South Mountains to Blue Ridge Study Reveals a Pathway to Protection
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On the low mountains’ steep slopes, rocky outcrops and stream banks, a plethora of rare and threatened plants and smaller animals thrive in numerous unique, distinct habitats, many of which are part of Significant Natural Heritage Areas (SNHA) designated by the N.C. Natural Heritage Program.
In fact, some of
These mountains, most former timber tracts, provide a wilderness home and pathway between the piedmont and the mountains for a rich and diverse array of wildlife.
The corridor has long been a major protection focus area for Foothills Conservancy and identified by other conservation groups, including The Nature Conservancy, as ecologically significant. In the
Several other notable “stepping stones” across the corridor are now either publicly or privately protected, including 12,000 acres pieced back together over the last two years into one unbroken, forested tract by Tim Sweeney, for which the N.C. Wildlife Federation has selected him to receive their 2013 Governor’s Award for Land Conservationist of the Year.
“The landscape that Tim has conserved includes one of the state’s most highly ranked and largest privately-owned Significant Natural Heritage Areas, the 5,800-acre Box Creek Wilderness, and another jewel called the Bob’s Pocket Wilderness,” said Susie Hamrick Jones, Foothills Conservancy’s executive director. “These 12,000 acres connect to the
To the west near Old Fort, Foothills Conservancy’s 1,340-acre Catawba Headwaters Preserve, along with a 477-acre conservation easement on the Creston development and 88 acres the land trust acquired which now provides public access to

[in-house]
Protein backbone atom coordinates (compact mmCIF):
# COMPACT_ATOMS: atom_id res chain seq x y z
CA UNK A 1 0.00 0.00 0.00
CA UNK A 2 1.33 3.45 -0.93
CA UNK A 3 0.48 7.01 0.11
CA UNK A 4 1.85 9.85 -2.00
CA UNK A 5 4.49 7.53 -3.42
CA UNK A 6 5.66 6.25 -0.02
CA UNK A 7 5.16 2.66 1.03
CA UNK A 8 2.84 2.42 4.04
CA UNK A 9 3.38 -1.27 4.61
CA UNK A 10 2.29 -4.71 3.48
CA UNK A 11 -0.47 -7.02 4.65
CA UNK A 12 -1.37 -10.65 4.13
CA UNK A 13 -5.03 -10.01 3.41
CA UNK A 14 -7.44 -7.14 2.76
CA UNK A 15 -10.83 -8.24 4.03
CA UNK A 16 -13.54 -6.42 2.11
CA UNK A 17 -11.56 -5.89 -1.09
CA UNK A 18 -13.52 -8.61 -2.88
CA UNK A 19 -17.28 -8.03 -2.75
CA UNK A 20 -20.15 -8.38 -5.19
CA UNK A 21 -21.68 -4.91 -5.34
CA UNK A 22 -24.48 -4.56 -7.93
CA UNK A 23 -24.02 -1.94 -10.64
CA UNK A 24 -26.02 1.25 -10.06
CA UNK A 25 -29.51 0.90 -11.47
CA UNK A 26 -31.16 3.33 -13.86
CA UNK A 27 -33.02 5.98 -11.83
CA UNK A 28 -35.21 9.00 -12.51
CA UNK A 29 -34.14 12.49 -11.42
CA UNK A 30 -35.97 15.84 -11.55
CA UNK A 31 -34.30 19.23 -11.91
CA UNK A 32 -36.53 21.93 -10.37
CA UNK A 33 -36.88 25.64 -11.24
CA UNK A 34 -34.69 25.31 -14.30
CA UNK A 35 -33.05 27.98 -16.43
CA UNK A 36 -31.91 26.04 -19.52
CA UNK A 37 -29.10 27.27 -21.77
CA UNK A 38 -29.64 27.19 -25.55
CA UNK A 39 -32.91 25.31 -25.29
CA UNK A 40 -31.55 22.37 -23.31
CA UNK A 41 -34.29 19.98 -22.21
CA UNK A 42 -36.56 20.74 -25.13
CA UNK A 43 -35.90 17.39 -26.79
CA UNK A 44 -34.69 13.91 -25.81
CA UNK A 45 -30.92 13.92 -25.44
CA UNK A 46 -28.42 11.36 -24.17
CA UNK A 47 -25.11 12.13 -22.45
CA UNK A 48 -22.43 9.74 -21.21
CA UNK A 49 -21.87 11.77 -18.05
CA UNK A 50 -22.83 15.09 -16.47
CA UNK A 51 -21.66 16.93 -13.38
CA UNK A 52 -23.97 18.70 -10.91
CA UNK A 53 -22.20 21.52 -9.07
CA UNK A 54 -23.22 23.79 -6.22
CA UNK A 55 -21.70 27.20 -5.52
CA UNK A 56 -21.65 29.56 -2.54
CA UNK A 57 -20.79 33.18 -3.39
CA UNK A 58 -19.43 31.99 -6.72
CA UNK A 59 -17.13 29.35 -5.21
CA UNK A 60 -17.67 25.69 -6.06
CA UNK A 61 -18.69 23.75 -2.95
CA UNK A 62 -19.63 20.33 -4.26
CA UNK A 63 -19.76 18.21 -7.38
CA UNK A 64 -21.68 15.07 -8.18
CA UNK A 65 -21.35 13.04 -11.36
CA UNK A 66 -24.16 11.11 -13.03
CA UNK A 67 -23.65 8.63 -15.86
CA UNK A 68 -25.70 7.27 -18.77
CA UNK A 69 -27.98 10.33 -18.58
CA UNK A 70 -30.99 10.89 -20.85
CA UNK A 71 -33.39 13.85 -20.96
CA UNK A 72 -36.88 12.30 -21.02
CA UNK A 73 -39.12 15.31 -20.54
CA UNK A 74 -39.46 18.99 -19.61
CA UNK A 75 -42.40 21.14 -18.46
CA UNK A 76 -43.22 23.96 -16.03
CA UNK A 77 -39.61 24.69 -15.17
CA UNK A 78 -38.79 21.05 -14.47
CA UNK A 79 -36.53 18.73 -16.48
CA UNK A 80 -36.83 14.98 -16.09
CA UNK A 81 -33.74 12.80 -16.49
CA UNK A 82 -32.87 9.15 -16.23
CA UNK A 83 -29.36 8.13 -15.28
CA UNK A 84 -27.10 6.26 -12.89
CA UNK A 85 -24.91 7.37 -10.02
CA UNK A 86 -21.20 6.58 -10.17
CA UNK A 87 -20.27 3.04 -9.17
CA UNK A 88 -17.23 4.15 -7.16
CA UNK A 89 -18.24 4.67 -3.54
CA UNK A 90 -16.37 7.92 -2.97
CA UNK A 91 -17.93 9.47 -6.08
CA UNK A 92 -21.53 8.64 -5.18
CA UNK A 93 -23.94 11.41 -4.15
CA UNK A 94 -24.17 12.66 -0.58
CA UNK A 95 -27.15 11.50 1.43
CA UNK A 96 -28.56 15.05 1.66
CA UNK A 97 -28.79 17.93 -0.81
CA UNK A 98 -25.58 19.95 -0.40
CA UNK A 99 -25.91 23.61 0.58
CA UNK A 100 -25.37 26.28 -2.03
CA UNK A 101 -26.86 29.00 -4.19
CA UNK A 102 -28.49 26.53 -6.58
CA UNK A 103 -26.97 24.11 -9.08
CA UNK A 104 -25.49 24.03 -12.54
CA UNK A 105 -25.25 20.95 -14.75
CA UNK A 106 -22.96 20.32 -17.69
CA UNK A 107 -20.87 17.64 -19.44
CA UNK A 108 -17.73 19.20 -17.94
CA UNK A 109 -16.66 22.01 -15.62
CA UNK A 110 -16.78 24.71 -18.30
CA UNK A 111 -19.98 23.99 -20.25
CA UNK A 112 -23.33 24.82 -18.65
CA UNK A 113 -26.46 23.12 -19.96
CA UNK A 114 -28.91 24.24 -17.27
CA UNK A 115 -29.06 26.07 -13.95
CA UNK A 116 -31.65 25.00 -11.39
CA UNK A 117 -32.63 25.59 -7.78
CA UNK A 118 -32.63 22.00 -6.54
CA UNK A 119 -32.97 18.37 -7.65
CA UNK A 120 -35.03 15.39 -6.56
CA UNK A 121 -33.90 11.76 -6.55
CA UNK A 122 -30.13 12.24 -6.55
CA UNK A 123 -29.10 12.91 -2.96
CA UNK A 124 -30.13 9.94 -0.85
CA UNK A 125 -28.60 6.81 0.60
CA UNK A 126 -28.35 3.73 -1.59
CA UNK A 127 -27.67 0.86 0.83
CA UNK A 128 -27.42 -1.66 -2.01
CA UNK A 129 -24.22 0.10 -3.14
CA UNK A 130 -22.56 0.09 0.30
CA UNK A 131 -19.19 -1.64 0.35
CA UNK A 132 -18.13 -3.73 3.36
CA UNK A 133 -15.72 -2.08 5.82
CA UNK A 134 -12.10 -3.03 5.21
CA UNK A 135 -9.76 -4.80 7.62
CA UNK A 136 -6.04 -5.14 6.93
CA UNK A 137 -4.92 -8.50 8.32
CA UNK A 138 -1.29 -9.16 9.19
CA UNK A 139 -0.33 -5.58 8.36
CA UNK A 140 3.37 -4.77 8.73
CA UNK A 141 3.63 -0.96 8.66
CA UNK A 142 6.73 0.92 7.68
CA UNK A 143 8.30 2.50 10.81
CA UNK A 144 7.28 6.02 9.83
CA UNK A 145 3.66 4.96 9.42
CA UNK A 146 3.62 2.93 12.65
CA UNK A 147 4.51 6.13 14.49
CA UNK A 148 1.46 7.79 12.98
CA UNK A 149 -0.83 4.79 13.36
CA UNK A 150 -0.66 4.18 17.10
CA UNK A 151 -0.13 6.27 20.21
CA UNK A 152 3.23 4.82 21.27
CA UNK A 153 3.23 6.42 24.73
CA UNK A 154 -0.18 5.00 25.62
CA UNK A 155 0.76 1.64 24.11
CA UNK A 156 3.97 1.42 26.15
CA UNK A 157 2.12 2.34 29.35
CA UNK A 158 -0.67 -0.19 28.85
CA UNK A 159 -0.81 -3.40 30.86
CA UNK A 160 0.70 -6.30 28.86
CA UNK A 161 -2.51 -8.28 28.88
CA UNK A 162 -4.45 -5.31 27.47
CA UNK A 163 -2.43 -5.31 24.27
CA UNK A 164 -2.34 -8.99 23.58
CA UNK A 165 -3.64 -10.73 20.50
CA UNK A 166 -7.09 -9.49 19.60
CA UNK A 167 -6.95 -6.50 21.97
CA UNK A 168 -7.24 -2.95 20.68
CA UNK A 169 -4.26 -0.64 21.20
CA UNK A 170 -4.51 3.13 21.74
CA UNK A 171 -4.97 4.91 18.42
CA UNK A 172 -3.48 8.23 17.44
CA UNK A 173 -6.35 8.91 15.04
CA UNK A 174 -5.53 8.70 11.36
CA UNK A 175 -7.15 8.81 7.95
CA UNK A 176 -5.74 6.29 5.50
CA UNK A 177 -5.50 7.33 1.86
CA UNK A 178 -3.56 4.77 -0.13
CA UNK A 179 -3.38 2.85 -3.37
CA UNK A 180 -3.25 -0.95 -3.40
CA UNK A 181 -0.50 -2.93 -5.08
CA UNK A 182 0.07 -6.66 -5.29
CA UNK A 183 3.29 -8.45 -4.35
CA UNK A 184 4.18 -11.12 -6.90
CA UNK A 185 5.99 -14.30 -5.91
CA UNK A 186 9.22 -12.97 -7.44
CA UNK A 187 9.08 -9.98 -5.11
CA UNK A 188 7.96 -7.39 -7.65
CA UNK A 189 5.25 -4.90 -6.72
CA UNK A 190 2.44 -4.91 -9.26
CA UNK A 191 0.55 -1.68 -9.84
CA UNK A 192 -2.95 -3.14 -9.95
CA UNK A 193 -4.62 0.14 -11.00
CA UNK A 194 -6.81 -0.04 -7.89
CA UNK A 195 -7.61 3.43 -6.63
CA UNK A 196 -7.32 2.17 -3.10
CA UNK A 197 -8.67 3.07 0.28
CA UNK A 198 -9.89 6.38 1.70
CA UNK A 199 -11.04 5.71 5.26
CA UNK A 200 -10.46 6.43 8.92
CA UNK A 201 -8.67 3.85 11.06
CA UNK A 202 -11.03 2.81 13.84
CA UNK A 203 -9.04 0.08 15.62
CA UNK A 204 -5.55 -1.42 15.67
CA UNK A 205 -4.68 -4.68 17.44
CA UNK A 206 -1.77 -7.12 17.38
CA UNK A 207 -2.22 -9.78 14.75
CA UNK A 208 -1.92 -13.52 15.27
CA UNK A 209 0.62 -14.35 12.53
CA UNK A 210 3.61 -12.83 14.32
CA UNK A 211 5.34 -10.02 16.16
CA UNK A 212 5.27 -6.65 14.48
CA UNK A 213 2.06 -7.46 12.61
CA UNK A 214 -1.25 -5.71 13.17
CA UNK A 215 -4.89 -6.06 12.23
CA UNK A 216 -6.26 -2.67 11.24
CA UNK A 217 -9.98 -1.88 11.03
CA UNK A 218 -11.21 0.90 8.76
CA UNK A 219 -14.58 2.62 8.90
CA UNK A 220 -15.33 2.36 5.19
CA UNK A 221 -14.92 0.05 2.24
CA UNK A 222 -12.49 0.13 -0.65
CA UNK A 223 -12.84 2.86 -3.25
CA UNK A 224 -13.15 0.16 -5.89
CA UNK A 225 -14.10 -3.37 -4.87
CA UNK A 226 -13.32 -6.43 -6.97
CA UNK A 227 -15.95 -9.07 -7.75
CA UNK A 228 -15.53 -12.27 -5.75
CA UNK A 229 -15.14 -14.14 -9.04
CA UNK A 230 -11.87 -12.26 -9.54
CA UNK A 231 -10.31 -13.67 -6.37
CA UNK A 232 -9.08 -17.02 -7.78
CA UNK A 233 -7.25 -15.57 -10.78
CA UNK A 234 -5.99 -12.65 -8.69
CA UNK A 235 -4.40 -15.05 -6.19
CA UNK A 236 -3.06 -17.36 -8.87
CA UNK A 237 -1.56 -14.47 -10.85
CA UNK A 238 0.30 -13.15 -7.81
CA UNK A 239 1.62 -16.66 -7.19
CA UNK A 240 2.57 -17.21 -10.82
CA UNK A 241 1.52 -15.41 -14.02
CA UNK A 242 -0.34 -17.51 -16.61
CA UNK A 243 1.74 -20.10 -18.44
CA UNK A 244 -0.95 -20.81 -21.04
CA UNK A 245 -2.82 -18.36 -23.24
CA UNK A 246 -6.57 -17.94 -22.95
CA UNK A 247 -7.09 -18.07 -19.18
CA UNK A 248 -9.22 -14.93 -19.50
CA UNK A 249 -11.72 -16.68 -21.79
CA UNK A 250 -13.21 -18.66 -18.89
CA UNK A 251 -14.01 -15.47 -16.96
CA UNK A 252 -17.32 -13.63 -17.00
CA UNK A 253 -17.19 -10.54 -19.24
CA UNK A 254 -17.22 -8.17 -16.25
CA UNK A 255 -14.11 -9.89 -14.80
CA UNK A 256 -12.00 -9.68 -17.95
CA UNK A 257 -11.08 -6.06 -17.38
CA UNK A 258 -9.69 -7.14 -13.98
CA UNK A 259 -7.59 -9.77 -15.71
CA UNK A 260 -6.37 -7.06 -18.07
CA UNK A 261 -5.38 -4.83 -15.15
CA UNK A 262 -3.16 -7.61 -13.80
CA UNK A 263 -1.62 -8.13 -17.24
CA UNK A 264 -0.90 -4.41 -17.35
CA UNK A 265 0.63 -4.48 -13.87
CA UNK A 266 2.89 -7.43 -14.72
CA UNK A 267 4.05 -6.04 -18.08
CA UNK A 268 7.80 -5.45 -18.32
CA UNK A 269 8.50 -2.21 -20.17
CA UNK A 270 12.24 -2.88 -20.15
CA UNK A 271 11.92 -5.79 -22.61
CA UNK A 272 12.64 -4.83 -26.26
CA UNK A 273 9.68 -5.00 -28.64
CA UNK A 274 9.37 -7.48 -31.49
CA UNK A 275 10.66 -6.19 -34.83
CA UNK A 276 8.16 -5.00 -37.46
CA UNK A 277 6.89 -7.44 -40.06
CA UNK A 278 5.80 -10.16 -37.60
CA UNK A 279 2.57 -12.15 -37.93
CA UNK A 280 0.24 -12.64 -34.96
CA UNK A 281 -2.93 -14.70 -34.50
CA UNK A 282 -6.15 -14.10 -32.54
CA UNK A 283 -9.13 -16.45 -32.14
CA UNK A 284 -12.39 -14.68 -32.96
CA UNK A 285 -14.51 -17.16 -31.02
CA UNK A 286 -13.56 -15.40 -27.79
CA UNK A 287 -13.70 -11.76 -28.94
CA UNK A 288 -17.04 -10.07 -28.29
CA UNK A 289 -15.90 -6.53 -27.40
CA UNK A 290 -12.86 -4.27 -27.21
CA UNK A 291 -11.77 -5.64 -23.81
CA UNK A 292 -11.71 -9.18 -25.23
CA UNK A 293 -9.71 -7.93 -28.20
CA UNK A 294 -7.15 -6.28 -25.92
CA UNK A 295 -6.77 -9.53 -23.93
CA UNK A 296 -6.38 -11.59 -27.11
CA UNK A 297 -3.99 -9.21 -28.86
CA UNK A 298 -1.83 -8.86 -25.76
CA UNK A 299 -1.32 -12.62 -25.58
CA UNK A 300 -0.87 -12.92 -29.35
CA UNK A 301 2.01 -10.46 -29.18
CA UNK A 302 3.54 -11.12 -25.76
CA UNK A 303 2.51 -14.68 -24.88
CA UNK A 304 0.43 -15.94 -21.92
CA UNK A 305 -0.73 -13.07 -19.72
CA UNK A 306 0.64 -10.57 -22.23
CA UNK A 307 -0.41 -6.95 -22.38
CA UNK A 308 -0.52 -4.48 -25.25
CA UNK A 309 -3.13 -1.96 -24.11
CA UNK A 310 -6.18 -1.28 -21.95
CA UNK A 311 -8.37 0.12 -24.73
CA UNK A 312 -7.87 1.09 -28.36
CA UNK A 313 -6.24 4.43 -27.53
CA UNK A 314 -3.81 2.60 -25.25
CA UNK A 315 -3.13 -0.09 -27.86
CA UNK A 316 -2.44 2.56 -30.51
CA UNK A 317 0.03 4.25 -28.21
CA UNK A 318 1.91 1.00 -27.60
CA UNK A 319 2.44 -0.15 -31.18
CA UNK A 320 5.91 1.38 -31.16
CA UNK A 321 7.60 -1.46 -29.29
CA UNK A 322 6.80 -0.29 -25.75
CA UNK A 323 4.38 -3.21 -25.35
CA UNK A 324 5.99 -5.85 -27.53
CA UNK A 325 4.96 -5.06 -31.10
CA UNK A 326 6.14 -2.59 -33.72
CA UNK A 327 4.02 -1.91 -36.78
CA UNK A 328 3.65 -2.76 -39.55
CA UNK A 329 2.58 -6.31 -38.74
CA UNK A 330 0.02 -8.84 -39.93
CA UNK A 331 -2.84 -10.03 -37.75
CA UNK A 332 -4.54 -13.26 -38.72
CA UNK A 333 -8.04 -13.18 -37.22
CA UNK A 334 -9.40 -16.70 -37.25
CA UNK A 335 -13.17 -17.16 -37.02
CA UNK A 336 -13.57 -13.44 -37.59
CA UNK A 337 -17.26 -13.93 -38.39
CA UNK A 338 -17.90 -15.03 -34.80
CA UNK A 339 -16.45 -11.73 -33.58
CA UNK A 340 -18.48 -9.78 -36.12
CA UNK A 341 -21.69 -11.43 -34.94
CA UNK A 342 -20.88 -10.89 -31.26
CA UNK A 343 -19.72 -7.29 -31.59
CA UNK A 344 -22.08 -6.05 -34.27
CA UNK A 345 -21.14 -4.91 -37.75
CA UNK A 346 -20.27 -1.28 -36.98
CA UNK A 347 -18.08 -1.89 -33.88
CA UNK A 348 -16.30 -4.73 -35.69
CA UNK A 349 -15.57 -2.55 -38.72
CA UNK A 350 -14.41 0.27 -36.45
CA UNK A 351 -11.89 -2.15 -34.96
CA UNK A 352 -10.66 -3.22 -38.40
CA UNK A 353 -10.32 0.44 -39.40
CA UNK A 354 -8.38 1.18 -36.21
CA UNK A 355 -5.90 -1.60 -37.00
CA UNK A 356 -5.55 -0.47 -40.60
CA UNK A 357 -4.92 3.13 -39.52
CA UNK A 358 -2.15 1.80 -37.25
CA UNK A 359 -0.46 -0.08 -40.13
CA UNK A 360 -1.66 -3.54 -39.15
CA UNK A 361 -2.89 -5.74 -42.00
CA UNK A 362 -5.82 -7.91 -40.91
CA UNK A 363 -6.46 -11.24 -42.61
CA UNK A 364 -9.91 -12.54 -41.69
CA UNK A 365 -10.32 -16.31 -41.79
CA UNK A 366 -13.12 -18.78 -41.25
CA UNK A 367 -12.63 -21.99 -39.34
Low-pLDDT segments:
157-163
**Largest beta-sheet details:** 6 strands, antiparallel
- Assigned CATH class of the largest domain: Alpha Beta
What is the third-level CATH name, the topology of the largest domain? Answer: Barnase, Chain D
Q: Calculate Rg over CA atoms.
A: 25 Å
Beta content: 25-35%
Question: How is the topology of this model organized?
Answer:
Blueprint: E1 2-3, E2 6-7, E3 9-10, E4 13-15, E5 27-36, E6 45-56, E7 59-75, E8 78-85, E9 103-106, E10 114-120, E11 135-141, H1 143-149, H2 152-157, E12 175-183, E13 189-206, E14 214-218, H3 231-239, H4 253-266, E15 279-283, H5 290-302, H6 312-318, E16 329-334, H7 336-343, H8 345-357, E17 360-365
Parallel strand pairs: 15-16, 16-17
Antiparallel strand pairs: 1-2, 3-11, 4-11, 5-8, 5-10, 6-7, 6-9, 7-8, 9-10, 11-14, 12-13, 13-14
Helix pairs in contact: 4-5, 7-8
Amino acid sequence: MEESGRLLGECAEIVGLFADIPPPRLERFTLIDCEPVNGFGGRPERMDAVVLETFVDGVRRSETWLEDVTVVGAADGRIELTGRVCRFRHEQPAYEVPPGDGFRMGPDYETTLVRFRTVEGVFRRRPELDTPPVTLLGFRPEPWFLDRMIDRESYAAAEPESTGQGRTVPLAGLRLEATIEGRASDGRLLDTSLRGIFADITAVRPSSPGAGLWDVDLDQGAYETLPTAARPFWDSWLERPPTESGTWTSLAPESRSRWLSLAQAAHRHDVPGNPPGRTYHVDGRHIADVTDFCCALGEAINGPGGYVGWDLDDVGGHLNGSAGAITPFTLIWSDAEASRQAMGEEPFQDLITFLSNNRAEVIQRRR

Together, these privately protected areas link to almost 50,000 acres protected in the South Mountains State Park and State Game Land and to hundreds of thousands acres of Blue Ridge Mountain lands in Pisgah National Forest.
Foothills Conservancy worked with BioGeoCreations, a Geographic Information Systems (GIS) analysis and mapping consulting firm, to analyze the rugged landscape factoring in elevation, slope, hydrology, land cover, important bird areas, biodiversity, road density and existing conserved lands.
The large blocks of forests also protect the water quality of headwater streams and source watersheds of the Catawba and
“For years, Foothills Conservancy has worked with willing landowners and many partners to protect lands from the
Other important conservation projects are already underway in the corridor.
For example, Foothills Conservancy has a three-year option with Sweeney to purchase a 2,100+acre tract adjacent to
Foothills Conservancy and other conservationists will use the results of the “